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Im a complete noob

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Welcome to Gamedev. Just get comfortable with C++. I suggest the tutorials at www.cprogramming.com if you need them. After you get a little more experience make small text based games like guess the number type games. It will take a lot of hard work to learn to program but pays off in the end.

P.S. You will be taken more seriously if you use correct punctuation / grammar. And when making a post be more detailed at what you need and what you already know. It will be easier to guide you if you tell us what resources you have access to and if there are any specific areas you need help on.

One more thing to add: practice putting text input, output and making variables since they are very important to know in creating any program.
Happy programming

EDIT: I missed that bschneid.

[Edited by - xtremeprog05 on January 29, 2006 10:18:01 AM]

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Also get the book Beginning C++ Game Programming my Michael Dawson.. its a book that will accelorate your learning time by a TON... also i have aim so if you need help PLEASE feel free to message me at willthiswork89 im ALWAYS willing to help a new kid

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Hey congratulations on compiling your Hello World app. I started by looking at the examples that came with dev-cpp they also have a game called Jackpot which would be good to look at. Goodluck on your programming journey.

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Guest Anonymous Poster
Quote:
Original post by xtremeprog05
correct punctuation / grammer.


Every single time. It never fails.

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cool, i would suggest to all new programmers to learn C as well. This will allow you to see the main difference and not what a book might say in a apragraph or two.

From experience, i learned C first, then c++. while it is not a requirement, i have seen students that i tutor mention the same methodology of C then C++.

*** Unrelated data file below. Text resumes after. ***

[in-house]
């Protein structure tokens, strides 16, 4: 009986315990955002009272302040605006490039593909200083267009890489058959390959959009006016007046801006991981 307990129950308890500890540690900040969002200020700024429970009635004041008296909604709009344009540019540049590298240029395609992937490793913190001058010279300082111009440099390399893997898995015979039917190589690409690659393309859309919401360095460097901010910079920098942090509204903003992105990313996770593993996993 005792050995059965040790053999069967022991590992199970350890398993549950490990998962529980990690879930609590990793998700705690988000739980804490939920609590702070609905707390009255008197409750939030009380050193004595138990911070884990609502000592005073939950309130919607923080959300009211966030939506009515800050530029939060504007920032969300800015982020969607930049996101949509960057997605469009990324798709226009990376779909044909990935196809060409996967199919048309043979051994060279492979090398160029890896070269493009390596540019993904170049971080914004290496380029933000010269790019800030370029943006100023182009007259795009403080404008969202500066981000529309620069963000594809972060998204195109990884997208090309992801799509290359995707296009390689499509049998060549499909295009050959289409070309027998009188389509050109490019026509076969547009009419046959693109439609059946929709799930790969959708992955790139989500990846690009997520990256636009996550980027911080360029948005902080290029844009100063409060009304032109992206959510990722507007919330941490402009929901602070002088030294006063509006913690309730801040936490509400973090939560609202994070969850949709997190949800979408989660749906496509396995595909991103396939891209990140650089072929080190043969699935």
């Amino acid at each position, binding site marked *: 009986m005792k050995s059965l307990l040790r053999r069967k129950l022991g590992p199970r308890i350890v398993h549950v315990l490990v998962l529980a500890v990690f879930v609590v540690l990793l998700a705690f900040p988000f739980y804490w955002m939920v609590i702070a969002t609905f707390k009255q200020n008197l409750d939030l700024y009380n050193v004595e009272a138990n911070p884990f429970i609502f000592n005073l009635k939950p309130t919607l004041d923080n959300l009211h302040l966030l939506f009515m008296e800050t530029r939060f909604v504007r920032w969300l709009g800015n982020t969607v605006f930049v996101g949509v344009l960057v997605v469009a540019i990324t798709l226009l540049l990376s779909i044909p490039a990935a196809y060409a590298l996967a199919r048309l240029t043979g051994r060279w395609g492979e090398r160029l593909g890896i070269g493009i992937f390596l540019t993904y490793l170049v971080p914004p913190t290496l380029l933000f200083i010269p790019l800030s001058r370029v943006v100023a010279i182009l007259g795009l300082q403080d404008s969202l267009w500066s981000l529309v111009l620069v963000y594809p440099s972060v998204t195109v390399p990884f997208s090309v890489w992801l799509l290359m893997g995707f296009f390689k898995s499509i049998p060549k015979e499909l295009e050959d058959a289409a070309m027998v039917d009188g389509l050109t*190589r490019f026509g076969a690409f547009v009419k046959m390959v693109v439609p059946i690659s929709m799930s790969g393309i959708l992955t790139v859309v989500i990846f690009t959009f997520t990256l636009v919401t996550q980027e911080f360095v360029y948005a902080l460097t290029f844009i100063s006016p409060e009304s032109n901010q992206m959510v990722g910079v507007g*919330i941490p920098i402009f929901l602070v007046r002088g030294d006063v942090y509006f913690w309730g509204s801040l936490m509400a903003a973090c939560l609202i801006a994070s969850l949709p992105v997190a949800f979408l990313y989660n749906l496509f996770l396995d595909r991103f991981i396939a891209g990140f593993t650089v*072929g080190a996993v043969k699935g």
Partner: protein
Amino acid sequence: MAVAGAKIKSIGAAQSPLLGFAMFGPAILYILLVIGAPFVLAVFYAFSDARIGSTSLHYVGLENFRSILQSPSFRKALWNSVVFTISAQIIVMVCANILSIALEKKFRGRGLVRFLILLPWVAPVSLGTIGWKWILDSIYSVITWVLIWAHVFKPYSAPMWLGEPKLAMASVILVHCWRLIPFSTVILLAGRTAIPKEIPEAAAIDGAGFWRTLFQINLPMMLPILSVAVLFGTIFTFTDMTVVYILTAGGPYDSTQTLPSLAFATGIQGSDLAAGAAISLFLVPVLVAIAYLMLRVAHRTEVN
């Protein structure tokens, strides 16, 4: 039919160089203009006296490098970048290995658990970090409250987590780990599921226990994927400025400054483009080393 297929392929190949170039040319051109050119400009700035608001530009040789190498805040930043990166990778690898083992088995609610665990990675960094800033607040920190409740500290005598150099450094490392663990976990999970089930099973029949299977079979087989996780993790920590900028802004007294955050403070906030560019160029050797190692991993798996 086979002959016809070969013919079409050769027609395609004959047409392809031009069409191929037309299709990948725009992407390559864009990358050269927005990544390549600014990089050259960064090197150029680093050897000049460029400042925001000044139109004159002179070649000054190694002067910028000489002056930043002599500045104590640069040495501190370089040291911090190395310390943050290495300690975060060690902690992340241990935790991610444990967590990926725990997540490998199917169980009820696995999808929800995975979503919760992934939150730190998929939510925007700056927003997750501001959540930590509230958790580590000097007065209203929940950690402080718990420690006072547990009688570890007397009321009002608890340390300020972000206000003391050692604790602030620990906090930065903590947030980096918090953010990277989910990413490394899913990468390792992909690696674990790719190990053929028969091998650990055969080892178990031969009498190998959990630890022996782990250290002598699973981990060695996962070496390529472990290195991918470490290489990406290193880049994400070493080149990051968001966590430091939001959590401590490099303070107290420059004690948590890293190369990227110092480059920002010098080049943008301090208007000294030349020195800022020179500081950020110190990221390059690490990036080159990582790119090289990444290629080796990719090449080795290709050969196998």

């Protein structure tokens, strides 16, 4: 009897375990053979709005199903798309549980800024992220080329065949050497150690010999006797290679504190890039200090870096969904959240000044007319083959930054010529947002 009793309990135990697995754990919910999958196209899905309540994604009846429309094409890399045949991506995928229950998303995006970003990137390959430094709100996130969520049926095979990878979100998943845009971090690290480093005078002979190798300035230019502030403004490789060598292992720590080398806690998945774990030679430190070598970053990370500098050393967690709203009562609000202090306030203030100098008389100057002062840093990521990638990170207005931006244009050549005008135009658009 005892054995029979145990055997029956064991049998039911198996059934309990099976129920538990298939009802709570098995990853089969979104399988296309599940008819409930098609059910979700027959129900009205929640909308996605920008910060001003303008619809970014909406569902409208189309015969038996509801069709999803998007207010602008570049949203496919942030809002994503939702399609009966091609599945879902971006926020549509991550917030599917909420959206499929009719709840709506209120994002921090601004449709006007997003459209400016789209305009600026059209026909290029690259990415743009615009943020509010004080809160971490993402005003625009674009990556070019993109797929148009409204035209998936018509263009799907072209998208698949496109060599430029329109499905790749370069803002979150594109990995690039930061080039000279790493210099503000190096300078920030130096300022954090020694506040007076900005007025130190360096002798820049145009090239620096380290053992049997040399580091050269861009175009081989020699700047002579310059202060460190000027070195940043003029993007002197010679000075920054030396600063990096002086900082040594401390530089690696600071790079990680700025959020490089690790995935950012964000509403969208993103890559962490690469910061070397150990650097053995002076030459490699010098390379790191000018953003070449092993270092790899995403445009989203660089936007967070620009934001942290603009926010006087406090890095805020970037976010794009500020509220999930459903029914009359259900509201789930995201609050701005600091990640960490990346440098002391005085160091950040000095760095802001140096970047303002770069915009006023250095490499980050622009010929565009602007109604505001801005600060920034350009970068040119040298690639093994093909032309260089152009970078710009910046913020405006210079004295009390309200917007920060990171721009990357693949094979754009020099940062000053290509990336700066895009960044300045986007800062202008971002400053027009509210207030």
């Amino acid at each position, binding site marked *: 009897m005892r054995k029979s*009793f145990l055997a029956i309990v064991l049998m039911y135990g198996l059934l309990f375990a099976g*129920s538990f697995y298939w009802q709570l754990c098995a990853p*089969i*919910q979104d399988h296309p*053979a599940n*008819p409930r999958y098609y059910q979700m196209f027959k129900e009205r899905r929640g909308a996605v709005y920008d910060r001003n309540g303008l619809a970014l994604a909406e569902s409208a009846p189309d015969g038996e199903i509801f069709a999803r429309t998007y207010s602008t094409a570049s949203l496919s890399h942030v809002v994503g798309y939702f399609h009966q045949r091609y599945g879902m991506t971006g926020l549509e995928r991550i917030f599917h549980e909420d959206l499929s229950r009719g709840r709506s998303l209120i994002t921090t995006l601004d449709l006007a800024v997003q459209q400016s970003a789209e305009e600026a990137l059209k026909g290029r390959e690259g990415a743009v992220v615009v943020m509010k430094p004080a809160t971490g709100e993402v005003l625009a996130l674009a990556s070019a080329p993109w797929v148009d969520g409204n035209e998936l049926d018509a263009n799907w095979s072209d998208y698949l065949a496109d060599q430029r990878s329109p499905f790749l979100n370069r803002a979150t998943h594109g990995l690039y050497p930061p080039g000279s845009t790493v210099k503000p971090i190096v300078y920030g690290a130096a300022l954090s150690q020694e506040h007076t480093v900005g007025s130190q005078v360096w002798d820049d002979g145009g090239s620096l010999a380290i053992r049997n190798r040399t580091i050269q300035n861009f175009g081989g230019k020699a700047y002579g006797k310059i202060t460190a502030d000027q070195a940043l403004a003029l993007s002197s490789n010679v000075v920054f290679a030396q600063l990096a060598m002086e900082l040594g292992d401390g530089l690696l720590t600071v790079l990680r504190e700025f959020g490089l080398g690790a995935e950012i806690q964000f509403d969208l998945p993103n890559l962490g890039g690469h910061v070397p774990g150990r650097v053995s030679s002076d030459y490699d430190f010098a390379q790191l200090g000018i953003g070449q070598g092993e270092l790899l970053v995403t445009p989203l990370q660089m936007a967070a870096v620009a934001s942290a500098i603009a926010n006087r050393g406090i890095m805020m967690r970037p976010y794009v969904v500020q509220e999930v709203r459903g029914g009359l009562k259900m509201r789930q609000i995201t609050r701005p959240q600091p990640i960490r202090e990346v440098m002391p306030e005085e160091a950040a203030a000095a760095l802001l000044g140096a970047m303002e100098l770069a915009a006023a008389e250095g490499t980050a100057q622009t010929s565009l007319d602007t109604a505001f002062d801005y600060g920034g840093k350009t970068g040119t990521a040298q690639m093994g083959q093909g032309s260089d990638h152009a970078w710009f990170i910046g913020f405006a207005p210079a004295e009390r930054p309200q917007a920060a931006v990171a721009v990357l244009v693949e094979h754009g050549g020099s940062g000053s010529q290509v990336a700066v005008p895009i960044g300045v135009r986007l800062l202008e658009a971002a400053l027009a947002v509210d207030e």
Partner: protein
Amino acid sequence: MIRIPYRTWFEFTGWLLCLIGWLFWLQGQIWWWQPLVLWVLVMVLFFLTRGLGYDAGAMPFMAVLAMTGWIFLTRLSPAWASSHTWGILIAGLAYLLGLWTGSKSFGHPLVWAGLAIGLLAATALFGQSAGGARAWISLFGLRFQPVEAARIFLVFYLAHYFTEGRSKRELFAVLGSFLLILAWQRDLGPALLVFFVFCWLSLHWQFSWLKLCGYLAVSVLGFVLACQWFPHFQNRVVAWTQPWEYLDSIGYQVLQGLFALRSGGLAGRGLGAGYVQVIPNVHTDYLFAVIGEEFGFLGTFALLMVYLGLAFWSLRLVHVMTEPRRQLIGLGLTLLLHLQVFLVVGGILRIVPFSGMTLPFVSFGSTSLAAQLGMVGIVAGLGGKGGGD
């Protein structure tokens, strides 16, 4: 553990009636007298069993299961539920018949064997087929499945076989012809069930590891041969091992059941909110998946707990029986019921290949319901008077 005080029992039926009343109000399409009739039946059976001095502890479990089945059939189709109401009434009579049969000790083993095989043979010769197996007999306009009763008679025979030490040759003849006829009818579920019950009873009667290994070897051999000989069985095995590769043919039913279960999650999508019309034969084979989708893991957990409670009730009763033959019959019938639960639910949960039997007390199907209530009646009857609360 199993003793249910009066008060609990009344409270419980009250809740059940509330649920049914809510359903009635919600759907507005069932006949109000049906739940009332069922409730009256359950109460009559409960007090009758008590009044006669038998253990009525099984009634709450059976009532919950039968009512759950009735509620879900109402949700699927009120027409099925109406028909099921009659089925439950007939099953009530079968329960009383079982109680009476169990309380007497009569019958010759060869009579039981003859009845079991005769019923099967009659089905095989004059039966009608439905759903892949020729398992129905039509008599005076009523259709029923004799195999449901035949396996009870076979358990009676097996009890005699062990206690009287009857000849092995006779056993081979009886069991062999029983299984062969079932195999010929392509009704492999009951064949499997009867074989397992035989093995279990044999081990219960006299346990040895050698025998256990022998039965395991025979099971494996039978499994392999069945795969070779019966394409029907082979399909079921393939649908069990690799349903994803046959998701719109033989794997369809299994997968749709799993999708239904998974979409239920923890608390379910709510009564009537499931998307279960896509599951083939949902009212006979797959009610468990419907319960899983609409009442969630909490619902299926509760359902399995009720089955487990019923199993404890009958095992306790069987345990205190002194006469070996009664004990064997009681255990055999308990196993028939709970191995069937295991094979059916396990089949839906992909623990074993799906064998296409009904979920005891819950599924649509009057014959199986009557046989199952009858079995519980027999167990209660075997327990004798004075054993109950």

C++ has a few dark aspects you'll never see in C, and like the above posts have mentioned, try to get a really easy book that shows input, output, files ...
these basics go along way. it might sound dry to mention to: learn the english description of C++, then look at the code, but this might lay out some ground rules for you to see the object design and why its an object design ...

If you prefer to concentrate on C++, then get familiar with object oriented programming/design first, ... classes and what-not. This general topic will show you why C++ is 'C with classes', as Bjarne Straustrup put it.

if you're looking for a challenge when you're ready to start programming the check this website out, its an archive of thousands of variety of challenges that range from easy to insane. a great eye opener to let you in on whats expected eventually of a good programmer:
http://acm.uva.es/problemset/

have fun, and never get discouraged

[]wildem[]

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I learnt C first also.

But I'm not sure I can recommend learning it if C++ is what you want. Using plain C teaches you some bad habits that might be tough to break when you move onto the object-oriented side later.

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Quote:
Original post by willthiswork89
Also get the book Beginning C++ Game Programming my Michael Dawson.. its a book that will accelorate your learning time by a TON... also i have aim so if you need help PLEASE feel free to message me at willthiswork89 im ALWAYS willing to help a new kid


Thank you. Also that very book is on my desk right now.